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Lithium battery in aircraft (merged)

They are getting closer for certified aircraft.

I cannot see how one could charge a lithium battery using the traditional (constant voltage) lead-acid charging method. Do these batteries incorporate their own chargers, and inverters, etc?

The lithium batteries I have previously seen at say Aero Friedrichshafen, for the homebuilt market, were just plain cells, no electronics. As far as I could tell speaking to the people, they were charging them simply from a constant voltage bus.

Shoreham EGKA, United Kingdom

For as little as I know about the lithium technology – I have an irrational grudge against the stuff after a famous fellow of mine burnt to his death in a plane thus powered – it is almost general for them to have some electronics included. This certainly applies to those used in R/C model aviation, where the technology seems at its most advanced.
Unless I am much mistaken, charging Lithium cells directly from a constant voltage bus is sure to bring problems, probably disastrous.

All this applies to the LiCoO2 that one commonly sees in consumer electronics. There is however also a technology (or “chemistry”) called LiFePo4, which does behave more or less like a traditional lead-acid battery, including all the disadvantages. From the published text it is not clear to me which one is being applied in this product.

Last Edited by at 05 Dec 14:12
EBZH Kiewit, Belgium

Peter wrote:

They are getting closer for certified aircraft.

The CitationJet 4 is certainly a certified aircraft and is being delivered with a Lithium battery since 2010. There have been some problems in the beginning and some aircraft were retrofitted with NiCd batteries, but as far as I know they have it under control now.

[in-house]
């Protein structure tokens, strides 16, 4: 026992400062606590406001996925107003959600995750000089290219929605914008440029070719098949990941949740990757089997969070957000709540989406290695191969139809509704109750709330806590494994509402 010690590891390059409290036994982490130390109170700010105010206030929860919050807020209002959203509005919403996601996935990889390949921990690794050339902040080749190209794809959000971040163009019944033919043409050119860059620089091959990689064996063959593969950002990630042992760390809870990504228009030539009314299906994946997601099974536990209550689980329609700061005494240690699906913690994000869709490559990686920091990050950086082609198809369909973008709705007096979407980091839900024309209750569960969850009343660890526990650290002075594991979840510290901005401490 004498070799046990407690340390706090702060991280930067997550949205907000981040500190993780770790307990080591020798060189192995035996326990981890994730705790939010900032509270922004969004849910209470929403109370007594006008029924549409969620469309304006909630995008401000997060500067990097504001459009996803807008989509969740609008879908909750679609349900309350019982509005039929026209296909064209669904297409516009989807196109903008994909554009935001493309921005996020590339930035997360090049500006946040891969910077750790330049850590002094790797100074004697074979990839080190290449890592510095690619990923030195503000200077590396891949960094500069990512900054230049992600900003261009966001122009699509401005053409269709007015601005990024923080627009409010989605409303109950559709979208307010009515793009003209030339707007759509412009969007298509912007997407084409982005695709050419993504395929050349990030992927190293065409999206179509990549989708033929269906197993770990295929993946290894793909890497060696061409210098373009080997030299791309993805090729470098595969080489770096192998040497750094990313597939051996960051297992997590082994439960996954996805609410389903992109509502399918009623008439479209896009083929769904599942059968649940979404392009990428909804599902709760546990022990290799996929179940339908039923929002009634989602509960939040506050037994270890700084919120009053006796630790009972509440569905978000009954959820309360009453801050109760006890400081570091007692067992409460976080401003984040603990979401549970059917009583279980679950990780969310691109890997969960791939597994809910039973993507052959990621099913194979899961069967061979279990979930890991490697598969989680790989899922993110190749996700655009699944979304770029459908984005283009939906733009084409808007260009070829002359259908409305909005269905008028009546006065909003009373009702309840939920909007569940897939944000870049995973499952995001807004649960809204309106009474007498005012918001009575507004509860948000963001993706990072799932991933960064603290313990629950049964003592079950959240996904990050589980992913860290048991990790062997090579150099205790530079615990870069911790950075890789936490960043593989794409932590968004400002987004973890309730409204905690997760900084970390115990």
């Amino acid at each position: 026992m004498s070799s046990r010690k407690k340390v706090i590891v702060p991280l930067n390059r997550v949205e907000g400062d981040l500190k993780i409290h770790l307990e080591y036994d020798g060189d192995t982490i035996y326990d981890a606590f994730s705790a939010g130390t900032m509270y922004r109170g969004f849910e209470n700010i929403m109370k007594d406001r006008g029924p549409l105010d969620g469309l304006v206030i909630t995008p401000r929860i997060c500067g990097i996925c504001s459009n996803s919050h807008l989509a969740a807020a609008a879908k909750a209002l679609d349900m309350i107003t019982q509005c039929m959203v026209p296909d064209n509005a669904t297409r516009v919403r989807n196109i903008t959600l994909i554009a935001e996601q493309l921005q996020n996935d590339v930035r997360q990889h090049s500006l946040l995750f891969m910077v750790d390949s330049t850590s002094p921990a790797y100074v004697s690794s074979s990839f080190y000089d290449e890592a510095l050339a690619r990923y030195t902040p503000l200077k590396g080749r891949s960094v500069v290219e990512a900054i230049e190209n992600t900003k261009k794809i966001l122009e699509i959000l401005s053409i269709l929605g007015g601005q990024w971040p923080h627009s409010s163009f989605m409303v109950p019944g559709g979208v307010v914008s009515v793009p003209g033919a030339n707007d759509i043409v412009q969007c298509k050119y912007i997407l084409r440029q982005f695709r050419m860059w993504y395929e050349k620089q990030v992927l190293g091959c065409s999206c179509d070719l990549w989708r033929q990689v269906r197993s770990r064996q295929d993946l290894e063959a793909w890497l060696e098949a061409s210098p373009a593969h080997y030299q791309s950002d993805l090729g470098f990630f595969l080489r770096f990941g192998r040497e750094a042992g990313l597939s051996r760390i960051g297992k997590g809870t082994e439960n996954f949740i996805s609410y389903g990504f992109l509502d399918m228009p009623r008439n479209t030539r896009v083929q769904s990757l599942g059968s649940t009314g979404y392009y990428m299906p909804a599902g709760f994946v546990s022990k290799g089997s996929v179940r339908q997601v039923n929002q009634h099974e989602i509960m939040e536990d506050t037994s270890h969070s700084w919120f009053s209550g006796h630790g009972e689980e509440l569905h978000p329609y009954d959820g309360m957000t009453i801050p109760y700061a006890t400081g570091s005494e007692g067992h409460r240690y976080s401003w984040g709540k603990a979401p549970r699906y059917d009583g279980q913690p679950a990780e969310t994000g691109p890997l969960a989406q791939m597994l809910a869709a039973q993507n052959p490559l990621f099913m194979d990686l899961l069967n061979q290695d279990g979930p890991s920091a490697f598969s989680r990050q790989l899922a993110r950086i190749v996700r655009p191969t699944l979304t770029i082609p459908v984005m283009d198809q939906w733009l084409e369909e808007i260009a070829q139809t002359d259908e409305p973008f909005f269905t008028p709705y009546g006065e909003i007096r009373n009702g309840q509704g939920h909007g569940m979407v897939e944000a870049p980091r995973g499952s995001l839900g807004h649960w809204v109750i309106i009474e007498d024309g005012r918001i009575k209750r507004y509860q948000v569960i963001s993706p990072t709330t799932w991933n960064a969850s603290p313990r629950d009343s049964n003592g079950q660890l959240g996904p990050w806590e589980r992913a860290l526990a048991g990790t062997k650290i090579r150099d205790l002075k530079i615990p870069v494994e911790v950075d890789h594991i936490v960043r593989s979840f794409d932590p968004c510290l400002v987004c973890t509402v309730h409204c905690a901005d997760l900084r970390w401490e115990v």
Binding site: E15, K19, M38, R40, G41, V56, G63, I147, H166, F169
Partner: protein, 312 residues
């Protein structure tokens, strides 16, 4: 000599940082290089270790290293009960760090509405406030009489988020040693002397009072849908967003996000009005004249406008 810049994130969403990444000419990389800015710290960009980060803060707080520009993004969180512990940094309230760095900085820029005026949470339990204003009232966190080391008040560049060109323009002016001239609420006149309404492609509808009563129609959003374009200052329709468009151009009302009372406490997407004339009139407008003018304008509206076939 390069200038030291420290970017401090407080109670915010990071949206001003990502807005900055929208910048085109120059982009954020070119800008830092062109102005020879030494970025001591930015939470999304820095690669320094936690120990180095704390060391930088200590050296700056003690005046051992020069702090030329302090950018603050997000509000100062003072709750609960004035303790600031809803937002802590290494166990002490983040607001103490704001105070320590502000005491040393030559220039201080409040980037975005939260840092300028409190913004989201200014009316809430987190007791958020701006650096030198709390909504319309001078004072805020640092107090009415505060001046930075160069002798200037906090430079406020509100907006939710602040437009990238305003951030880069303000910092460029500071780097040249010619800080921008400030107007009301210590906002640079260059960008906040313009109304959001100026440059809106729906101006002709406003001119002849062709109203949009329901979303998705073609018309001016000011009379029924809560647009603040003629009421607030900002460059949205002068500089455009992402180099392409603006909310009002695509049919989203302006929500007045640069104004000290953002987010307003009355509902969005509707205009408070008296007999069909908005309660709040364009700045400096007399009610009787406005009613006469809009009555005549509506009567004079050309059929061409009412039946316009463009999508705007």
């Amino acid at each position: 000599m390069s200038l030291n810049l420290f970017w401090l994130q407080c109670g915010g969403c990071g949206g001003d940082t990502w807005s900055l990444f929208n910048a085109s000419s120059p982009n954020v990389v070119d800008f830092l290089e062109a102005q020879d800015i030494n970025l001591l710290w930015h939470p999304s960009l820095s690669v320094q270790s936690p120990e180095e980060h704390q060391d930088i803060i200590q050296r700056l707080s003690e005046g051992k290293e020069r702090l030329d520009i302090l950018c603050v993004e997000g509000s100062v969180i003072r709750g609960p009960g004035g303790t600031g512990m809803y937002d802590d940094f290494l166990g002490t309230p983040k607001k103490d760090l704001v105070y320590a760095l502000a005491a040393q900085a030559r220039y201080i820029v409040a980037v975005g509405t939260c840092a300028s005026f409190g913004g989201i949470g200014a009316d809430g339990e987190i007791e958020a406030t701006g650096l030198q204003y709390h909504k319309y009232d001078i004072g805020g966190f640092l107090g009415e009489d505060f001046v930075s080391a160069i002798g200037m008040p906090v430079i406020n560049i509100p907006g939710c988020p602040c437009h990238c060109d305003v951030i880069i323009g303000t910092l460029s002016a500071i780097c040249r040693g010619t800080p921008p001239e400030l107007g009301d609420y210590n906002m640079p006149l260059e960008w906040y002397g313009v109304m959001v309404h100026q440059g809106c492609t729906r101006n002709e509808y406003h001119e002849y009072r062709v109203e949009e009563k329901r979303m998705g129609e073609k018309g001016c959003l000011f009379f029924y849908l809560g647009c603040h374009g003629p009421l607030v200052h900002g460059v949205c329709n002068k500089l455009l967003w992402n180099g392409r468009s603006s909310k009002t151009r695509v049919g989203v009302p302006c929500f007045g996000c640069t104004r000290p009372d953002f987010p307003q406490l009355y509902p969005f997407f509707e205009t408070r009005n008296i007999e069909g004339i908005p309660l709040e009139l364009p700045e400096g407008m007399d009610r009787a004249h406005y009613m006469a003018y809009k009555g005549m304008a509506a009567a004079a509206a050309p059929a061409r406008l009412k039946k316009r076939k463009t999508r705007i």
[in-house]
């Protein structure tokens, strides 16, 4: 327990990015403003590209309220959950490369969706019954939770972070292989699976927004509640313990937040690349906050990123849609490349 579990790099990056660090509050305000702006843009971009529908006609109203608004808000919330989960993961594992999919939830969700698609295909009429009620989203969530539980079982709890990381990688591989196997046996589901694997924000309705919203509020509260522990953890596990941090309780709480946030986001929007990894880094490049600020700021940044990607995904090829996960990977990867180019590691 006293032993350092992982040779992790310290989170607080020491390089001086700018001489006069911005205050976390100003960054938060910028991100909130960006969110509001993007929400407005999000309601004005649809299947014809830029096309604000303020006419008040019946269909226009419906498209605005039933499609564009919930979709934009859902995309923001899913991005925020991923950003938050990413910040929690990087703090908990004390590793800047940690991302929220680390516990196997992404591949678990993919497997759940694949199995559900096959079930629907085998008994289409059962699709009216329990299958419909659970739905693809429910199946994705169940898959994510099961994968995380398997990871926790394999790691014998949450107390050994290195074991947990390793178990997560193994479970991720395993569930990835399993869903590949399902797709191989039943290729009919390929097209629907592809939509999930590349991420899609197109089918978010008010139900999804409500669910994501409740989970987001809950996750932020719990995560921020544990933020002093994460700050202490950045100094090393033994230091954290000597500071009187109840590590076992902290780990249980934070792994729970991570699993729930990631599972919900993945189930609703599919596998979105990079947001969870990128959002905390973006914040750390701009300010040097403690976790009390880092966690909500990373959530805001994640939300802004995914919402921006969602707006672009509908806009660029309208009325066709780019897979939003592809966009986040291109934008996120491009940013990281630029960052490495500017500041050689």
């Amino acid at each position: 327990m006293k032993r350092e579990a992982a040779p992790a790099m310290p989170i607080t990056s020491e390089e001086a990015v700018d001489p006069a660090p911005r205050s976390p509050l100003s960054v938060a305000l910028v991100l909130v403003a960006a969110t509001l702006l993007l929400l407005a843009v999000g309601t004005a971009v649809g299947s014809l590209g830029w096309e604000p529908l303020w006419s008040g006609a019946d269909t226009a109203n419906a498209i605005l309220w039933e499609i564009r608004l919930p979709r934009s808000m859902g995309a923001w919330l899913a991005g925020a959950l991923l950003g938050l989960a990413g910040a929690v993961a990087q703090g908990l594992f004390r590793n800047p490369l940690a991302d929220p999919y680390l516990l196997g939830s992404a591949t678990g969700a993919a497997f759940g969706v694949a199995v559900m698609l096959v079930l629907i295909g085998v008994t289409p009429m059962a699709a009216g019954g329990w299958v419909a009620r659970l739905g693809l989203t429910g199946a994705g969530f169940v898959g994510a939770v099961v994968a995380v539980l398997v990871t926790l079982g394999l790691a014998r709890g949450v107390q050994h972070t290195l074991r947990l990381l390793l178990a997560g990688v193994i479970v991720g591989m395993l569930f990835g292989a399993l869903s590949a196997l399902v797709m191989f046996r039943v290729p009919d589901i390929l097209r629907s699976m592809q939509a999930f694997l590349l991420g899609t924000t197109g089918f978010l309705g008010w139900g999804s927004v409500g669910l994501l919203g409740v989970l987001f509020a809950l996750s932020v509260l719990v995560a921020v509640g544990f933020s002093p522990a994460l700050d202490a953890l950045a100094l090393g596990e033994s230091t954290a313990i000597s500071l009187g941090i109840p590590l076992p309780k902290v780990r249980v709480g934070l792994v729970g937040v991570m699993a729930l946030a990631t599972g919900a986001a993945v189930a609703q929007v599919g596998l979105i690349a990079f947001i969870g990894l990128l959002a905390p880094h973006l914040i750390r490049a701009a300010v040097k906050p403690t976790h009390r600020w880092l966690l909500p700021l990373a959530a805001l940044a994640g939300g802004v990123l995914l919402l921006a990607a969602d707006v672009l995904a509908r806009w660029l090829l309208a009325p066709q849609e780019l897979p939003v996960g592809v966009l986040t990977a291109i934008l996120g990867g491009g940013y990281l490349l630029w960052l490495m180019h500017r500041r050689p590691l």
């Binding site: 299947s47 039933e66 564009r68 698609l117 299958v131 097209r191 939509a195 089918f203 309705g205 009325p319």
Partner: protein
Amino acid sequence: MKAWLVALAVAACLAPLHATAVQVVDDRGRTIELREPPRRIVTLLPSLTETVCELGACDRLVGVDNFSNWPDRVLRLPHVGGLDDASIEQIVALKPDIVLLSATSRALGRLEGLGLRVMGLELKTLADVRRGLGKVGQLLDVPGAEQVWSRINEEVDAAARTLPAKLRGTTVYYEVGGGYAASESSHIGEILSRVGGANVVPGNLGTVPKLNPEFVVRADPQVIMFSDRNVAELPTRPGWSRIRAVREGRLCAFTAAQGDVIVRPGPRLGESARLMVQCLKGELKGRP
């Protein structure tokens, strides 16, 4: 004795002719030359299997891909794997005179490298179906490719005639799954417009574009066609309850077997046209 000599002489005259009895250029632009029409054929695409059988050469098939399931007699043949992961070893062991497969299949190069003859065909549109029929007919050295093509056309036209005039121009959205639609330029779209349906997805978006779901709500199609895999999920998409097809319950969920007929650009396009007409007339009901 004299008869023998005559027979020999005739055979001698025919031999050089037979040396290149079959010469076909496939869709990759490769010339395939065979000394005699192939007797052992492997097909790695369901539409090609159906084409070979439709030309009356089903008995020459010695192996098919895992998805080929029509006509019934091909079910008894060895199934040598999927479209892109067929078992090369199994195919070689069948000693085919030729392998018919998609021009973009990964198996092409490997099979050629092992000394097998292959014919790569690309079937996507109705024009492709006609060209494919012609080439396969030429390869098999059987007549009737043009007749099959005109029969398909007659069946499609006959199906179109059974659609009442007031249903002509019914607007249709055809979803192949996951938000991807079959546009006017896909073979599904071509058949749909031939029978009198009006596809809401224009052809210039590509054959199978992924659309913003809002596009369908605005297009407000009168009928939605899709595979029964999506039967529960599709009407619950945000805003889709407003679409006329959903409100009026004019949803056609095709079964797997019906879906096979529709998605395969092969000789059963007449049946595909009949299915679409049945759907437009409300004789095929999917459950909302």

Many Lithium batteries come with protection chips at cell level, so even if it looks like people connect them directly to the DC bus there is some electronics in between.

EDDS - Stuttgart

I would just like to see Ni-Cad batteries in certified GA aircraft let alone Lithium

I spoke to the guys at Avionik Straubing about the True Blue Power battery. They are a distributor but haven’t sold any yet. The battery does indeed have some electronics inside to ensure the proper charging mode without any modifications to the aircraft. The biggest problem is the price – a replacement for Gill G-25 costs around 7000 euro.

LKBU (near Prague), Czech Republic
Certification aside, here are some tech info on LiFePo4 accus. Prices depend on the dealer a lot. Next time I need one for a motorbike I will get one of those:

Saftey LiFePo4
LiFePo4 info

Last Edited by vic at 06 Dec 01:31

Admittedly it’s not certified but there’s a lot of buzz about EarthX LiFePo batteries in the Vans community. They seem to work out at around 1/3rd the weight and 3 times the price of lead acid. They include internal circuitry to protect the battery from being run flat and from over-charging.

EGMA / Fowlmere

Thank you @Raiz , I will remember that. The technology and its market are however in quick evolution.
I am not surprised that it is again a LiFePo product, wisely avoiding the search for the utmost.

EBZH Kiewit, Belgium

Looking at this

a Concorde sealed lead acid sells in Europe for about $600+VAT – example – so these batteries are a lot less than 3x the price of a good quality old style battery. They are much smaller and lighter. The energy stored in these two examples is about the same (remember one is 12V and the other is 24V) but the weight is almost 4x different.

The electronics required for operation in the traditional GA constant voltage charging system must make certification a big job. I guess that all the time they can sell into the Exp market and do it at these prices, they will stick to that and not bother to certify.

Shoreham EGKA, United Kingdom

what_next wrote:

The CitationJet 4 is certainly a certified aircraft and is being delivered with a Lithium battery since 2010.

Well, sailplanes are aircraft too, Antares is certified AFAIK and Lange started delivering the 20E with electric propulsion (it’s a self-launching motorglider with the traditional pylon arrangement) in 2004 I think. They use batteries from SAFT, I think it’s the same model as used in F-35 and some other aerospace applications. And plenty of sailplanes have Lithium batteries to power equipment (they are lighter, smaller and don’t drop voltage as much as they discharge), but sailplanes are not as tightly regulated.

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